embryo measu...
Embryo
Embryo
Membranes
• At the time of implantation, two fetal membranes that will
surround the developing embryo begin to form.
• The...
Membranes
Membranes
• The inner cell membrane, the amnion, develops from the
interior cells of the blastocyst. The cavity that devel...
Amniotic fluid
• At first the amniotic cavity derives its fluid by
diffusion from the maternal blood. The
amount of fluid ...
Amniotic fluid
Many functions are served by amniotic fluid for the
embryo/fetus.
• Amniotic fluid helps maintain a constan...
Amniotic fluid
Many functions are served by amniotic fluid for
the embryo/fetus.
• The fluid keeps the embryo from tanglin...
Amniotic fluid
Many functions are served by amniotic fluid for the
embryo/fetus.
• The volume of amniotic fluid is an impo...
Amniotic fluid
• Amniotic fluid contains albumin, urea, uric acid,
creatinine, lecithin, sphingomyelin, bilirubin, fructos...
Yolk sac
• At the same time the amniotic cavity and amnion are
forming, another blastocyst cavity forms on the other side
...
Yolk sac
• The folding in of the embryo during the fourth
week results in incorporation of part of the
yolk sac into the e...
Yolk sac
Allantois
• The human allantois is an endodermal evagination of
the developing hindgut which becomes surrounded by
the mes...
Umbilical cord
• By day 14 after conception the embryonic disk, amniotic
sac, and yolk sac are attached to the chorionic v...
Umbilical cord
Placenta
• The placenta begins to form at implantation. During the
third week after conception, the trophoblast cells of t...
Placenta
Placenta
Fetal maturation
• The stage of the fetus lasts from approximately 9 weeks (when the
embryo becomes recognizable as a huma...
Fetal blood circulatory system
Fetal blood circulatory system
Monozygotic twins
Dizygotic twins
Teratology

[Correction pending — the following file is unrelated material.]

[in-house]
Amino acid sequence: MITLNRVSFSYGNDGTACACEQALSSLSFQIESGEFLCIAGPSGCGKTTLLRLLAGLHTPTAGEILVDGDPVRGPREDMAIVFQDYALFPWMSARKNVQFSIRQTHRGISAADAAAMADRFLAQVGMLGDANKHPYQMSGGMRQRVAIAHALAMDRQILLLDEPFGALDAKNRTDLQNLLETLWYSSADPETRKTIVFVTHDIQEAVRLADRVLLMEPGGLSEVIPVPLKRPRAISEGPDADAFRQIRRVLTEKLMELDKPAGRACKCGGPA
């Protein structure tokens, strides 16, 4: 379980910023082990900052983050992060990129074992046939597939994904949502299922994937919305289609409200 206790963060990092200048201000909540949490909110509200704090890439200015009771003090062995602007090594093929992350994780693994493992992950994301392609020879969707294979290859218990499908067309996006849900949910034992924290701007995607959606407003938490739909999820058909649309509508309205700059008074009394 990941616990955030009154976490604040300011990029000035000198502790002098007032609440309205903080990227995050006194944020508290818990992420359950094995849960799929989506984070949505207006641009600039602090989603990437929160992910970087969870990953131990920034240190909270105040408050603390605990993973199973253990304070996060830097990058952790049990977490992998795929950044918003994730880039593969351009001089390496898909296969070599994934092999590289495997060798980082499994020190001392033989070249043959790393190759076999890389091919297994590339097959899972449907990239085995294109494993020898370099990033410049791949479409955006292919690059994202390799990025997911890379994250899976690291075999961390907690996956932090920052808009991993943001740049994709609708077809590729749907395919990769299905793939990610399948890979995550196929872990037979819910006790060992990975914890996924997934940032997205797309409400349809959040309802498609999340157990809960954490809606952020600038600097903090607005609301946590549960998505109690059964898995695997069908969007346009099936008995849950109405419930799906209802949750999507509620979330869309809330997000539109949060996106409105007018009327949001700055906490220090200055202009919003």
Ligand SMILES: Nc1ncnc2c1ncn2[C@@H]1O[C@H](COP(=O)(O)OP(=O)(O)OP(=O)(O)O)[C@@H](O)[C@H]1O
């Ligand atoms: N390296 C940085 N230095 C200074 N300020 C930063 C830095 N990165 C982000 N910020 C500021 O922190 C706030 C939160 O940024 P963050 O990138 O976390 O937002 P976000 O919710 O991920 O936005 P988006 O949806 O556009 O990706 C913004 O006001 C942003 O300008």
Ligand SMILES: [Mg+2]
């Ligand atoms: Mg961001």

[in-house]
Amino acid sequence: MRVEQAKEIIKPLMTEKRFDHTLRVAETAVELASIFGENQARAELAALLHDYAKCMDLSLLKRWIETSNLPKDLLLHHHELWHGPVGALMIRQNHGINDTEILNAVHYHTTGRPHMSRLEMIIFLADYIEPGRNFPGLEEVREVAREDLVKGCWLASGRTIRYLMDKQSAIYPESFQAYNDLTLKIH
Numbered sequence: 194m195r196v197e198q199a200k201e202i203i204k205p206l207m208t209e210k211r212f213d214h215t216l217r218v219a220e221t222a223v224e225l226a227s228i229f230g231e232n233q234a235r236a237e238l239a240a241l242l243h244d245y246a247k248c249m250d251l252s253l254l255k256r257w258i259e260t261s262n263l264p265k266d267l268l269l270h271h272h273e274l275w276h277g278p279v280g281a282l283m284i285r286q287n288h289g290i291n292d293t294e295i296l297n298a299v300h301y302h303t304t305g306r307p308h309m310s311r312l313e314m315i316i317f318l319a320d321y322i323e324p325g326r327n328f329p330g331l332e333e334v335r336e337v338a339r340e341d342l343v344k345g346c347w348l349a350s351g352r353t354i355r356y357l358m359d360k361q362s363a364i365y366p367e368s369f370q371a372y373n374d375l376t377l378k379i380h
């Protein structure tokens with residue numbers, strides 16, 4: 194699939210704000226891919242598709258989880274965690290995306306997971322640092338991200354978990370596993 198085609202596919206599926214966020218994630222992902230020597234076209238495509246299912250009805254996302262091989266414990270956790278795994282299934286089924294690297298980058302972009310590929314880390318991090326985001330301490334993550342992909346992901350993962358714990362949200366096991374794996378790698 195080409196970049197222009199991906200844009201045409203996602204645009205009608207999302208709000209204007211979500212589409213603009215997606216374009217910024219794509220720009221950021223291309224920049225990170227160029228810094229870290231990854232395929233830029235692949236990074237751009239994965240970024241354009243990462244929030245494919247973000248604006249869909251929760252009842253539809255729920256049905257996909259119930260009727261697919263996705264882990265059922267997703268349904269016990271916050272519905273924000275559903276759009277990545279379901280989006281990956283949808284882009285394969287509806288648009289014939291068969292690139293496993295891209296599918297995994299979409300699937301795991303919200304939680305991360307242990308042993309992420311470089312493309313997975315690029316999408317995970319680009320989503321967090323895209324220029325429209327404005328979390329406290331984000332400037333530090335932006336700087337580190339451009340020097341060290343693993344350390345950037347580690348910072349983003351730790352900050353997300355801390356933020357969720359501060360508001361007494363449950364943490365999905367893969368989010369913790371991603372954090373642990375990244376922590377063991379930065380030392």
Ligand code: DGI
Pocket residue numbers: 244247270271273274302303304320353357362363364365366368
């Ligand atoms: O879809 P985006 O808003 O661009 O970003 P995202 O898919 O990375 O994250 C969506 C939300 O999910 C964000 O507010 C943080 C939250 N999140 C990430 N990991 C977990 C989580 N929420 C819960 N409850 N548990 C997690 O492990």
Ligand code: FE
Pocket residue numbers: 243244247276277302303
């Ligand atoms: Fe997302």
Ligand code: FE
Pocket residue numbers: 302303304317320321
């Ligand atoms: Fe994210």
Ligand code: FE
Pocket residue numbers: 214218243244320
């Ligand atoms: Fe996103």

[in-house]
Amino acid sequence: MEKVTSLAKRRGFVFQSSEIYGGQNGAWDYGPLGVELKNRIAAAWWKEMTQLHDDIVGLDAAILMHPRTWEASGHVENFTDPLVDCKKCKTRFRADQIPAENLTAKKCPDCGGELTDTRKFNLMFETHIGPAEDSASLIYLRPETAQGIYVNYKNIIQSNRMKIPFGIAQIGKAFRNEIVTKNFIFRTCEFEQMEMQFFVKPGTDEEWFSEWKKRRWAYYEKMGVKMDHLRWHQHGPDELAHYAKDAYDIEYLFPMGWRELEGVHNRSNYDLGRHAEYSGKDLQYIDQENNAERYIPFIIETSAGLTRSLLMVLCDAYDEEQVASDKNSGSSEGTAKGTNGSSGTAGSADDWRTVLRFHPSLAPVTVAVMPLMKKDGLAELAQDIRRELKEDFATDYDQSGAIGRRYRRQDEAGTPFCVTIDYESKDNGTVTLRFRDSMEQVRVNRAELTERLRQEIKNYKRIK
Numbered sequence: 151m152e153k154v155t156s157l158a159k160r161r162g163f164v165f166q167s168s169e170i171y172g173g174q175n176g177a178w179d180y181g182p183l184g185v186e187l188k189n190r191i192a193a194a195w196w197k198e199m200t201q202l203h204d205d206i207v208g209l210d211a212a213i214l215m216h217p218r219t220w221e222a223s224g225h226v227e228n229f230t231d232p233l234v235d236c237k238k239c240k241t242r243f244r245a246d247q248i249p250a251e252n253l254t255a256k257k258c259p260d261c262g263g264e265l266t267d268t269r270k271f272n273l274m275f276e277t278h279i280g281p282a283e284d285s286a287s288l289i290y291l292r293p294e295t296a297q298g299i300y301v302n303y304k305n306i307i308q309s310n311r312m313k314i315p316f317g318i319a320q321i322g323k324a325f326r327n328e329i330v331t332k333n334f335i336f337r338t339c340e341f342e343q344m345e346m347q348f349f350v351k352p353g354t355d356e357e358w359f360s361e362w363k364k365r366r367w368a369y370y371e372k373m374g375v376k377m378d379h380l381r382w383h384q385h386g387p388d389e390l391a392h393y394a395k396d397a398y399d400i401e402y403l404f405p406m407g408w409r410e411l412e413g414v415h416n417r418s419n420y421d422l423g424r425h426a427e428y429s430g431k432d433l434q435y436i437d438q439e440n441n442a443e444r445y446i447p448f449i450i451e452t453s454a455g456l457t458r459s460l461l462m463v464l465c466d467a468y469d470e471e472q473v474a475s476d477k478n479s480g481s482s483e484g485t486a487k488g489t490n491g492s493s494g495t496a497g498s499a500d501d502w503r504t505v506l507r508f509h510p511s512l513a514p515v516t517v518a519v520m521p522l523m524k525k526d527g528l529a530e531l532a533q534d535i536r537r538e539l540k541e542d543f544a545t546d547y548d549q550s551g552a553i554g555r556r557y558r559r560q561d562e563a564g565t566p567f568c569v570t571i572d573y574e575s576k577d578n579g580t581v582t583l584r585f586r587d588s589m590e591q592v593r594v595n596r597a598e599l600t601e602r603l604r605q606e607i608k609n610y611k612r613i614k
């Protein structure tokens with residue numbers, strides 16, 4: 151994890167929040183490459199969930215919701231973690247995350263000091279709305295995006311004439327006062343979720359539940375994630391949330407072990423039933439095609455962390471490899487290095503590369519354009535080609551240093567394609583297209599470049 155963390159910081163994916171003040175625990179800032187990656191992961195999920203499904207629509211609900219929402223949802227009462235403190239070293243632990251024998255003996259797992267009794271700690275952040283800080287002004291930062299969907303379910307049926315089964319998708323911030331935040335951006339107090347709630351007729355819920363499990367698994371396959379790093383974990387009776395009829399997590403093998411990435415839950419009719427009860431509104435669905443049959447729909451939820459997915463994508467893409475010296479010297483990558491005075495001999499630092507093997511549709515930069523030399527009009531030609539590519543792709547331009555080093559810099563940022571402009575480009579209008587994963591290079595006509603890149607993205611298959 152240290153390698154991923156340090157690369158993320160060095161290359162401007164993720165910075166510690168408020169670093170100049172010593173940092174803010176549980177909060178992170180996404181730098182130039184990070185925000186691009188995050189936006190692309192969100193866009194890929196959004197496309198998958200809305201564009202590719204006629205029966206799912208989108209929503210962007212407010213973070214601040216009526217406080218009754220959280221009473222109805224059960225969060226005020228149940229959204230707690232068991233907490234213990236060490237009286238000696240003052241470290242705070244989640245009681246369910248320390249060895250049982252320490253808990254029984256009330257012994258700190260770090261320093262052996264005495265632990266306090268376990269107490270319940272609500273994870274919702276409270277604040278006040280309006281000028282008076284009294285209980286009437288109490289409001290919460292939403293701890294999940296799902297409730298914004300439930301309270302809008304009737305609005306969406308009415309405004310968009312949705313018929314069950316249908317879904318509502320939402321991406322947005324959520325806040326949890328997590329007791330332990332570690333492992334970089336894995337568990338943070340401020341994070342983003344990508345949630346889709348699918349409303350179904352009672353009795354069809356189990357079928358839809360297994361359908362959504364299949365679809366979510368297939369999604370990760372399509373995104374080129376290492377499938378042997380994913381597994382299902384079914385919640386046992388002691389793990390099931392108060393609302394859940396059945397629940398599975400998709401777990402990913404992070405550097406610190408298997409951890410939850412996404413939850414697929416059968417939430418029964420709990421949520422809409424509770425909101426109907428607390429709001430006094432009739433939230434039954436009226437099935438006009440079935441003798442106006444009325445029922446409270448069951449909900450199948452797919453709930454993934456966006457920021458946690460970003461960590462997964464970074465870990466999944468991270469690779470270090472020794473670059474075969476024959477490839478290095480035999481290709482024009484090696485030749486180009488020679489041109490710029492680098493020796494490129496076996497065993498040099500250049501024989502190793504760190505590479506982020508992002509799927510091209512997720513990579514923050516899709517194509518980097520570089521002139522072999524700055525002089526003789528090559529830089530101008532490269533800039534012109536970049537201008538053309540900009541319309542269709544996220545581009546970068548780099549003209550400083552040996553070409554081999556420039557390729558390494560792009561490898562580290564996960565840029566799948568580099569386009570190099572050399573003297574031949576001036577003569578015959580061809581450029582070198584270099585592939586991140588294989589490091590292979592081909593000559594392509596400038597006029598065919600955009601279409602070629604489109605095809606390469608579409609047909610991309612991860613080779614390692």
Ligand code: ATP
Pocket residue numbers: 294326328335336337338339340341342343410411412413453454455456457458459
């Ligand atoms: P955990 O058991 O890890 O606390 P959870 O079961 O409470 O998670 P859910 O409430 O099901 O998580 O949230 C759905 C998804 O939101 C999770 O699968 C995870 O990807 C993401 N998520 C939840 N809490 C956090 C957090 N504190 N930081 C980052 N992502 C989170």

• Teratology is the study of abnormal fetal
development. Major birth defects occur in
approximately 3% of all d...
ETIOLOGY OF HUMAN MALFORMATIONS
ENVIRONMENTAL
• Maternal Conditions
• Alcoholism, diabetes, endocrinopathies, phenylketonu...
Teratology
Reproductive cells toxicity – usually leads to miscarriage of to
chromosomal anomalies.
Embryotoxicity - advers...
Down’s syndrome
Patau syndrome
Teratology
Susceptibility of the conceptus to teratogenic agents depends
on the developmental stage at the time of exposur...
Teratology
The particular malformation depends on the time
of exposure. After a certain time in
organogenesis, it is thoug...
Spina bifida
Spina bifida
Anencephaly
Teratology
Lowered susceptibility (fetal period). After 57
days (8 weeks) of gestation, the organs have
formed and are inc...
Fetal alcohol syndrome
Consumption of alcohol in pregnancy is the most
common known teratogenic cause of mental
retardatio...
Fetal alcohol syndrome
Diabetic fetopathia
Hypothyroidism
Infections
Cytomegalovirus syndrome
• Microcephaly and
hydrocephaly
• Chorioretinitis
• Hepatosplenomegaly
• Cerebral calcification
•...
Toxoplasmosis
• The pregnancy may result in a spontaneous abortion, perinatal death,
severe congenital anomalies, abnormal...
Syphillis
• Hepatosplenomegaly
• Joint swelling
• Skin rash
• Anemia
• Jaundice
• Snuffles
• Metaphyseal dystrophy
• Perio...
Syphillis
Molar pregnancy
• Molar pregnancy is an abnormal form of
pregnancy in which a non-viable fertilized egg
implants in the ut...
Molar pregnancy
• A molar pregnancy can develop when an egg
that is missing its nucleus is fertilized and that
may or may ...
Molar pregnancy
• A complete mole is caused by a single (90%) or two
(10%) sperm combining with an egg which has lost its
...
Molar pregnancy
• Complete hydatidiform moles have a higher
risk of developing into choriocarcinoma — a
malignant tumor of...
Molar pregnancy
Molar pregnancy
Molar pregnancy
Thank you!
Fertilization and development of conceptus